Welcome to the QUINT Observation Systems Seminars (OBS seminars). This series discuss classroom observation systems as a tool for understanding and improving teaching quality.
This and upcoming OBS seminars are open for all interested parties. We want it to become a meeting arena for scholars genuinely interested in observation systems and related issues. Therefore we recommend that you join our network by subscribing to the network mailing list. You must confirm your email address in the confirmation email you receive to complete signing up to the mailing list.
If you are interested in presenting your research or have questions, please contact the organizer, QUINT Postdoctoral Fellow Mark White.
In this seminar, taking place on November 9th at 9am ET/ 15.00 CET,
Lisbeth M Brevik and Nora Mathé present work from their research in several projects using the PLATO instrument to study seven different school subjects in lower secondary school: English as an additional language, Norwegian language arts, modern foreign languages (French, German, Spanish), social studies, science, mathematics, and religion.
PLATO has been originally developed as a language arts protocol, but has now been used across these subjects to measure direct instruction. Using the same protocol across subjects provides a unique opportunity for interdisciplinary comparison, which offers a common language with which to understand and discuss instruction within and across subjects. In the presentation we will provide specific examples of similarities and differences between subjects identified through the use of PLATO.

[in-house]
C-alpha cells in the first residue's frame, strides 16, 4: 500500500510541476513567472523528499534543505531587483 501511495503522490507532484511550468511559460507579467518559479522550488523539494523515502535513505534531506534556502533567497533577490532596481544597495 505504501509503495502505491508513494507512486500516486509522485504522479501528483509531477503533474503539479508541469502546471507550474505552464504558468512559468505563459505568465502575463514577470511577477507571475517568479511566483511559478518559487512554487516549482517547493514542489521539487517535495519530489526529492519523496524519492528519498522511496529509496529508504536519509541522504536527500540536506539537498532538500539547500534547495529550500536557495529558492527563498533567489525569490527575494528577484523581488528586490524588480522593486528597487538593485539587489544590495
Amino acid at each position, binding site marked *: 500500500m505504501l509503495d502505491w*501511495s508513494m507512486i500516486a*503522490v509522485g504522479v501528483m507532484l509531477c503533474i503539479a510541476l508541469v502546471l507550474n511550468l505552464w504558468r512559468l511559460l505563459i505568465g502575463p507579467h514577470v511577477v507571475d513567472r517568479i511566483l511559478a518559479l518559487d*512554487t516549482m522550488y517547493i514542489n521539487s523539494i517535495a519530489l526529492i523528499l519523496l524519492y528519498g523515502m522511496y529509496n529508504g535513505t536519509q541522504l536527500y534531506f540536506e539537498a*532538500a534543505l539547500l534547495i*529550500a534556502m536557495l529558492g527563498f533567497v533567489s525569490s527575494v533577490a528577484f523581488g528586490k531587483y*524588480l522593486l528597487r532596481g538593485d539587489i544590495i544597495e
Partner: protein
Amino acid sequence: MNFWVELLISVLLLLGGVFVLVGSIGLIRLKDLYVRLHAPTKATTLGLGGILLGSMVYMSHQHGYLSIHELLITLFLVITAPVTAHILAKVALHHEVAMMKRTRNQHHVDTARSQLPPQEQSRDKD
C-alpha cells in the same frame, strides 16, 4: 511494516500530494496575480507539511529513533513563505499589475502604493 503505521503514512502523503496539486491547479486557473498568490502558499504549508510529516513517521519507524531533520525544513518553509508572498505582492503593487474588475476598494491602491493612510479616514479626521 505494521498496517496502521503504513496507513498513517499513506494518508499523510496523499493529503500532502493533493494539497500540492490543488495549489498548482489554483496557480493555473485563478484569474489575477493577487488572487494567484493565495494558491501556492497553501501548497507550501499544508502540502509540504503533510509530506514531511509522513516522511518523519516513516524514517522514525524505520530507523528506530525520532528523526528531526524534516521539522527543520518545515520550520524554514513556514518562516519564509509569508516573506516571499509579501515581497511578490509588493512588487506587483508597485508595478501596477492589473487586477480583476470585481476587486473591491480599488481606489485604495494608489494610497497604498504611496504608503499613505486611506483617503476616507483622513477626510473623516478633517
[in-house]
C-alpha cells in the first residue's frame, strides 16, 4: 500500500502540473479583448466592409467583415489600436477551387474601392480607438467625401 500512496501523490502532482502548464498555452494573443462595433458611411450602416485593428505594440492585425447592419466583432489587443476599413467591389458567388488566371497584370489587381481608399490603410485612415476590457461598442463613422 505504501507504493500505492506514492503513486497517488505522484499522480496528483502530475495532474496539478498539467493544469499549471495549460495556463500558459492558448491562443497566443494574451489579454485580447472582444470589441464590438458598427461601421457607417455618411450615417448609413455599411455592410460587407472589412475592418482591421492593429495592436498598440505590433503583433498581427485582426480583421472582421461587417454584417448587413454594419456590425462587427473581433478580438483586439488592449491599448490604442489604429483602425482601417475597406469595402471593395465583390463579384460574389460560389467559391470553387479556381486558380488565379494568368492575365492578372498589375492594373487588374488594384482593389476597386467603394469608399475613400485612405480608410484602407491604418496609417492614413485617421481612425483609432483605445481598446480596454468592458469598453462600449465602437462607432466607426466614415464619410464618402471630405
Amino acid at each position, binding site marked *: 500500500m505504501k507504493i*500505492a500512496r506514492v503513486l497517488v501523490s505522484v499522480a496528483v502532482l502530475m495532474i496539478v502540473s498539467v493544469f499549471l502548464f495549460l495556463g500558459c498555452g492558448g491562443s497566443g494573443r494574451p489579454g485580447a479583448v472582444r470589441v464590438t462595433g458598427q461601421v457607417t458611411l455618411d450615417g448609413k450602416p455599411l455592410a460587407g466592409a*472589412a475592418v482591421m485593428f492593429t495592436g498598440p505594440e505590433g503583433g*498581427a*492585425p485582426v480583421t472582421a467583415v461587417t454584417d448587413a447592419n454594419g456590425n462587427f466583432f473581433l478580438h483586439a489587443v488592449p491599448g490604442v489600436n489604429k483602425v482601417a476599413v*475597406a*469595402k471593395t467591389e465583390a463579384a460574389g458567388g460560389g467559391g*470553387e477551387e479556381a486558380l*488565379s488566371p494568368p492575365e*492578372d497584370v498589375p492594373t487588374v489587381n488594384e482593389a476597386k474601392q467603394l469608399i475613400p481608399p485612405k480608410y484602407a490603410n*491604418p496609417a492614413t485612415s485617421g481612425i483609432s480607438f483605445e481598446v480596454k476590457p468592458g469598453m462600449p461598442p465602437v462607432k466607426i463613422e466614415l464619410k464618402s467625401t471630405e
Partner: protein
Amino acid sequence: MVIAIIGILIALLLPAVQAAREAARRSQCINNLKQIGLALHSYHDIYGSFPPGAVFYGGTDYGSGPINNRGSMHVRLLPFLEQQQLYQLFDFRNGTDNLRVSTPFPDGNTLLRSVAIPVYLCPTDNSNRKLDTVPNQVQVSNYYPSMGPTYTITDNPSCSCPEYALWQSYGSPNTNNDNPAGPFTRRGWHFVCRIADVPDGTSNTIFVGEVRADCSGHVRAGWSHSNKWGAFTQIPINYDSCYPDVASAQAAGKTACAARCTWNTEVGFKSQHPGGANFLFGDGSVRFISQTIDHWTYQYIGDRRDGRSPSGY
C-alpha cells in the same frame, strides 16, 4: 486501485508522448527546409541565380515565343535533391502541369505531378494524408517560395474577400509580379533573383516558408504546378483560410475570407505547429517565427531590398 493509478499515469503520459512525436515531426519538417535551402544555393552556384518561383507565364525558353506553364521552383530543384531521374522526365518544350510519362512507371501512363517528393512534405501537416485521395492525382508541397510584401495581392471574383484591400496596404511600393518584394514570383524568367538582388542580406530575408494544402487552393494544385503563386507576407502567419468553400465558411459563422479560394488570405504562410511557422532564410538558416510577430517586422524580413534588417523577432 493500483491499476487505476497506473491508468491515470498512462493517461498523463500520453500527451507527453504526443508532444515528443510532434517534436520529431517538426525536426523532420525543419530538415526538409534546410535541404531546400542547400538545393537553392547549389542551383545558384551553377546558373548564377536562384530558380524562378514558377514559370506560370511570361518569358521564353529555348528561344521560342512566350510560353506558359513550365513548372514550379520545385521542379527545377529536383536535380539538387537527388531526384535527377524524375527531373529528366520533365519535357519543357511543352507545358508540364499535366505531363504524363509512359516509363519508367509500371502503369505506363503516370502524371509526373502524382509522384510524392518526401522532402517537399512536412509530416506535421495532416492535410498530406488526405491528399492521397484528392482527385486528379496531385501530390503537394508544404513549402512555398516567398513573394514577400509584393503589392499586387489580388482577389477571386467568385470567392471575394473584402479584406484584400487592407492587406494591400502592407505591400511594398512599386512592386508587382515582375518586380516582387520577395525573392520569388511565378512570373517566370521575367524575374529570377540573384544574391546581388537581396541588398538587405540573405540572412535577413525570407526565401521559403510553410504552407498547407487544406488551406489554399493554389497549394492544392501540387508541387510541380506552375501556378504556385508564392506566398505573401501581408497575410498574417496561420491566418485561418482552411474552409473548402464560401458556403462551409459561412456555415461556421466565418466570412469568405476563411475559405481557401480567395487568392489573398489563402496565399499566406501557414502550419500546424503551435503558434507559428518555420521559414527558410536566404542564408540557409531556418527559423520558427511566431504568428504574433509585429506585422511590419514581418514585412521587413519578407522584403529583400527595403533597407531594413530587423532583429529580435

In this seminar, Brevik and Mathe describe their work with PLATO as an analytic tool and give examples of the affordances of a common instrument as well as important considerations when using PLATO in this way.
- Professor Lisbeth M. Brevik, University of Oslo
- Associate Professor Nora Elise Hesby Mathé, University of Oslo
PLATO is primarily designed as a research tool rather than a diagnostic or evaluative tool for schools or districts. The training allows the research team to review in detail each element and its components.
The PLATO protocol covers 4 instructional domains- Disciplinary Demand of Classroom Talk & Activity, Contextualizing and Representing Content, Instructional Scaffolding, and Classroom Environment- and 13 elements of instruction identified by research on adolescent literacy and effective instruction in ELA. Each element is scored separately on a 1-4 scale. Because the elements are designed to capture different aspects of ELA instruction, teachers are not expected to score high on every element for every 15-minute segment. In addition, PLATO captures the content of instruction (writing, reading, literature, grammar, etc.) and activity structures (whole group, small group, independent work, etc.) for each 15 minute segment.